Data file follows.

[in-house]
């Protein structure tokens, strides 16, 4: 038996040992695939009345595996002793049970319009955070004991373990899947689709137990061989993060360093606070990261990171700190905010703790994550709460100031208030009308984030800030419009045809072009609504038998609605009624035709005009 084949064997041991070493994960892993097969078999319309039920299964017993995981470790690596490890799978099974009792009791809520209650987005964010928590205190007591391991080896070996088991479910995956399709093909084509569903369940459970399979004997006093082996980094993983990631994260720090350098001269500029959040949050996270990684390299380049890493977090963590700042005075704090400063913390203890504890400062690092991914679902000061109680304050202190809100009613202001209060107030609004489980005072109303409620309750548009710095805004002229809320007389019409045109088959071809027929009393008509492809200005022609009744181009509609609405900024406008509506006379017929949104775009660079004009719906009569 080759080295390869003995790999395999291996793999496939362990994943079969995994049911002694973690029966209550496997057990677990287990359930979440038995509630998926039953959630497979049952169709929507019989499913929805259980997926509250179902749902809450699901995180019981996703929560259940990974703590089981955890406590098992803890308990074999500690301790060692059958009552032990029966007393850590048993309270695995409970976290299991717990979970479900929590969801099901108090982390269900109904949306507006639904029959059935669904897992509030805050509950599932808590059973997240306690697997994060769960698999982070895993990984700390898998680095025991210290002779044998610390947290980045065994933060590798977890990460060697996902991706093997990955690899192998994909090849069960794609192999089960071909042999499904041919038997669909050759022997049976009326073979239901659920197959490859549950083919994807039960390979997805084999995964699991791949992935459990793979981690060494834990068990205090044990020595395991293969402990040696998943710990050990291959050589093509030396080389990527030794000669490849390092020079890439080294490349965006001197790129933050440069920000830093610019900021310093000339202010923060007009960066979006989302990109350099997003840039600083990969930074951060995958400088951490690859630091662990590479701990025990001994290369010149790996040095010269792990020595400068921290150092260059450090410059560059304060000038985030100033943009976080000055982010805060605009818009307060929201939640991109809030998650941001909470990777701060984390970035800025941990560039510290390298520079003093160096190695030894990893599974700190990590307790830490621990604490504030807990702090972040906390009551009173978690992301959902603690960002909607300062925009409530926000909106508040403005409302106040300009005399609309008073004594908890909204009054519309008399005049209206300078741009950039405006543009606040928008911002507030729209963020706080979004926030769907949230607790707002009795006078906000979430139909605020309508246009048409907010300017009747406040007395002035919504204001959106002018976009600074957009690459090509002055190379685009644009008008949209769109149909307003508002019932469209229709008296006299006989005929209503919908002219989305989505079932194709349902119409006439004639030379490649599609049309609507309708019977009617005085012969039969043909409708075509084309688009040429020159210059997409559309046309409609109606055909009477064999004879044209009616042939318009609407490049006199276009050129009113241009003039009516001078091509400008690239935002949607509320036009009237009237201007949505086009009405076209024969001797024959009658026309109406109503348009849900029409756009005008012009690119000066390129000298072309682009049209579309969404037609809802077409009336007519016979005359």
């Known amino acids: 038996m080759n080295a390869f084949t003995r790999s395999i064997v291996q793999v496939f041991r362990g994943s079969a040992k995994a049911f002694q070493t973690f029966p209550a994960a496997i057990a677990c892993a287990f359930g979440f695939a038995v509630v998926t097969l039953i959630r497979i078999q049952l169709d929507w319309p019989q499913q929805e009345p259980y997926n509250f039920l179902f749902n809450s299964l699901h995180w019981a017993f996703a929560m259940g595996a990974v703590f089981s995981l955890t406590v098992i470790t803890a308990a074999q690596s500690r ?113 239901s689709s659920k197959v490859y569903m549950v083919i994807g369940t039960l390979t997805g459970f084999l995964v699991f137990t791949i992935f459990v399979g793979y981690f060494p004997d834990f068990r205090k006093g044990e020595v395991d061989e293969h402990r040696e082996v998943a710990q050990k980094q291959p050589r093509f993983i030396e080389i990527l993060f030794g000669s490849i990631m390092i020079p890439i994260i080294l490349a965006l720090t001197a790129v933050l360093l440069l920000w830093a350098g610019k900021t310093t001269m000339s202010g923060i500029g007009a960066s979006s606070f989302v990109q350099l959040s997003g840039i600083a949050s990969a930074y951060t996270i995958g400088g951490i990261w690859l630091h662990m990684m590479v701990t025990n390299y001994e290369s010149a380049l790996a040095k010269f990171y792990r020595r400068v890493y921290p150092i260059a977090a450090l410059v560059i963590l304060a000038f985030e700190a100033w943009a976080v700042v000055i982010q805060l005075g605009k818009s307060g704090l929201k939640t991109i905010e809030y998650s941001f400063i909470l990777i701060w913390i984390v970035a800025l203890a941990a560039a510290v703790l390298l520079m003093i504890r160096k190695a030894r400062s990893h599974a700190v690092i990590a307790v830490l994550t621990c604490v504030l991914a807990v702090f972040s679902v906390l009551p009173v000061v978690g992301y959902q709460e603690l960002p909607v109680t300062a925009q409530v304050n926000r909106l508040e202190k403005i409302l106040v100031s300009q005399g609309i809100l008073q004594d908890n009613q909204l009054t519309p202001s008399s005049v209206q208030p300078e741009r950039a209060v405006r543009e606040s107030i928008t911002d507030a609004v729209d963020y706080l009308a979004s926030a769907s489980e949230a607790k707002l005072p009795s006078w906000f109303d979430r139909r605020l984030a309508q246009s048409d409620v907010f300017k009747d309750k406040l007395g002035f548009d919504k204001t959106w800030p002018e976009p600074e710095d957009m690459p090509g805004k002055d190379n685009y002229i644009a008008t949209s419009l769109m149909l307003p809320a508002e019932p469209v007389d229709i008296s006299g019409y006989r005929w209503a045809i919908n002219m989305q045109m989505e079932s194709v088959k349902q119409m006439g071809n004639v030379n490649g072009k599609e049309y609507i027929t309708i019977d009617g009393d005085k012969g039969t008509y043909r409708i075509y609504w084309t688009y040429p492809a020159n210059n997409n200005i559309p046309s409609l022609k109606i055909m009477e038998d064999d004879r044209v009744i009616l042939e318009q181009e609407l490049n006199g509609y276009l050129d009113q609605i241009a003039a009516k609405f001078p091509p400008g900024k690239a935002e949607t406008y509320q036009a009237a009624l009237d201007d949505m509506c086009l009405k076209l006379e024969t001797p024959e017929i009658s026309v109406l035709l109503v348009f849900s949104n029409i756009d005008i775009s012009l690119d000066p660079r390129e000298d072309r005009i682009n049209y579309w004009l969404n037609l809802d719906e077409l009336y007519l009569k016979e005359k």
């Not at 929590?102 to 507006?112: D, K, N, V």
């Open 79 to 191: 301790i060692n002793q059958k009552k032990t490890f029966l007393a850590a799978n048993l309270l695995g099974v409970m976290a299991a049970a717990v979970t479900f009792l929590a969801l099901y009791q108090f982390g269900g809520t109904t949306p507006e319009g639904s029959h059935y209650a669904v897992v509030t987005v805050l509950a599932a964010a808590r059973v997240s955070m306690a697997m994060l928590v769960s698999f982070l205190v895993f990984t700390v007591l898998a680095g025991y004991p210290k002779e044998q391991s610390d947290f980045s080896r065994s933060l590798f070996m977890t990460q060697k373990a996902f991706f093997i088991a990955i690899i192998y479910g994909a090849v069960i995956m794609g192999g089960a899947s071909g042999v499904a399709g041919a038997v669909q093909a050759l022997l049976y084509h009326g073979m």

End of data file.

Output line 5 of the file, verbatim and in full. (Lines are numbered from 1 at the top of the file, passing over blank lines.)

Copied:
């Open 79 to 191: 301790i060692n002793q059958k009552k032990t490890f029966l007393a850590a799978n048993l309270l695995g099974v409970m976290a299991a049970a717990v979970t479900f009792l929590a969801l099901y009791q108090f982390g269900g809520t109904t949306p507006e319009g639904s029959h059935y209650a669904v897992v509030t987005v805050l509950a599932a964010a808590r059973v997240s955070m306690a697997m994060l928590v769960s698999f982070l205190v895993f990984t700390v007591l898998a680095g025991y004991p210290k002779e044998q391991s610390d947290f980045s080896r065994s933060l590798f070996m977890t990460q060697k373990a996902f991706f093997i088991a990955i690899i192998y479910g994909a090849v069960i995956m794609g192999g089960a899947s071909g042999v499904a399709g041919a038997v669909q093909a050759l022997l049976y084509h009326g073979m």